Editorial Anonymous: Countdown: A Conversation with Deborah Wiles
In revision I throw out great wads of the plot (usually the entire second half), but as I do that, the light begins to dawn, I begin to understand who my characters are and what their motivations are, which inform their actions and reactions, and as these things begin coming clear, I go back and layer in foreshadowing and tension.
This novel sounds fascinating--no, I haven't read it, or anything by Deborah Wiles. But this paragraph struck me because it echoes my experience of writing a 129,000 word YA novel and then cutting out 48,000 words of it.
All that stuff I cut? It was useful. It was useful to me because it was time I spent with my protagonist. I didn't consciously think about characterization as much as I'd like to in the future--and yeah, I'd prefer not to chop a third off of my next MS--but in the process of writing all those scenes I was unconsciously working on characterization, if nothing else.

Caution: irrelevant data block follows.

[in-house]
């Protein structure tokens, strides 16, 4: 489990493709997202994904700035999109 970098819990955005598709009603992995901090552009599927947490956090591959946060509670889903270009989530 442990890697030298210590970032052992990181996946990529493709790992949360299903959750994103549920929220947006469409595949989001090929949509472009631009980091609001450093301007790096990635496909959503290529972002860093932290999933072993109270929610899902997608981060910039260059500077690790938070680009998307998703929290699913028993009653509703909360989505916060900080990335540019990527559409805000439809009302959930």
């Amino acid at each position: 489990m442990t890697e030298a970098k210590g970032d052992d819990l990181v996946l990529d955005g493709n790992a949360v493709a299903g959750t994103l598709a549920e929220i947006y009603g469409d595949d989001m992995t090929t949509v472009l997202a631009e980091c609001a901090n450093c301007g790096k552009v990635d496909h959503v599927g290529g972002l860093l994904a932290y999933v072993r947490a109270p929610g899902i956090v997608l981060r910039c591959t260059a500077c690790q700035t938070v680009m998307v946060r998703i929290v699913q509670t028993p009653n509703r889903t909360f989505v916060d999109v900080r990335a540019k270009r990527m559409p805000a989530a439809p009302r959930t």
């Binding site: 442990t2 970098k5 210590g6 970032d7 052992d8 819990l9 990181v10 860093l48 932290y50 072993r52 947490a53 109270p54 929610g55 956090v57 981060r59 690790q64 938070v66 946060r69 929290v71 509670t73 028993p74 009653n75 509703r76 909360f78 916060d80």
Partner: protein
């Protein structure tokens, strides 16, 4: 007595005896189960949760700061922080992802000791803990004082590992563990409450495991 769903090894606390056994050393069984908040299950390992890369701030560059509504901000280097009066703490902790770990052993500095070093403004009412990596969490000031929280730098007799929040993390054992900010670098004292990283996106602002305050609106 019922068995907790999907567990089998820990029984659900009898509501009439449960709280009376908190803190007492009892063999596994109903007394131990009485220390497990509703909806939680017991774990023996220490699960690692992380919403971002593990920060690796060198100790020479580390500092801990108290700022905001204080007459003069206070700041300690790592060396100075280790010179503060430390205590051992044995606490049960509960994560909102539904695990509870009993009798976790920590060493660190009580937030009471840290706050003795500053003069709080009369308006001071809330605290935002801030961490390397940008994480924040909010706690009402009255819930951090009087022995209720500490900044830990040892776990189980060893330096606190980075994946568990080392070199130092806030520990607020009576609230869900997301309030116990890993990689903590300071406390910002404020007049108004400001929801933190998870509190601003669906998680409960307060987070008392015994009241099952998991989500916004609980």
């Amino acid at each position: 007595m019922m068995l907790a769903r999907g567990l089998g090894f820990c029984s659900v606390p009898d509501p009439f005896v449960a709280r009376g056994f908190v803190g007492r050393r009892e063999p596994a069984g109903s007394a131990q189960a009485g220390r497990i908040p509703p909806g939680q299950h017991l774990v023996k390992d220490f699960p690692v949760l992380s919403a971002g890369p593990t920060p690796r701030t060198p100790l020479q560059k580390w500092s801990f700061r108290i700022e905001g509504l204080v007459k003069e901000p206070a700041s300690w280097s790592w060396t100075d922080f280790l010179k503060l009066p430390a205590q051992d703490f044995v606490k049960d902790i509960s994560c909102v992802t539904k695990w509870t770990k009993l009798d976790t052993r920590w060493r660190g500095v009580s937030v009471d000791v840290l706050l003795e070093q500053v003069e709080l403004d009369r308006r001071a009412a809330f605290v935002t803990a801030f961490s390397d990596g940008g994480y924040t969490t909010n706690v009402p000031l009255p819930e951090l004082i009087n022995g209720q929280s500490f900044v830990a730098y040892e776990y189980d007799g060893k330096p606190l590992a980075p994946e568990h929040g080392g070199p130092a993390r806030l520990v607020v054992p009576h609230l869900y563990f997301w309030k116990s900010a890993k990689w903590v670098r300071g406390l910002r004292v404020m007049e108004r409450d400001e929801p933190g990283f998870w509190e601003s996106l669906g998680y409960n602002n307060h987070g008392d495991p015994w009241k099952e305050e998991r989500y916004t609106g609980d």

I'm tired of the way people laugh when I tell them my first draft clocked in at 129,000 words. Hello, it's not like I was ignorant of the expectations. I'd already written a YA trunk novel of 90,000 words. And yeah, writing long is something I've always wrestled with.
But I ain't sorry.
The time I spent writing that huge first draft was time well spent. Time getting to know my characters and my setting and the living situations of all the players. Some people walk around the mall holding imaginary conversations with their characters. Some people go off and do firsthand research, living as a migrant worker or whatever. I wrote.
No shame in that.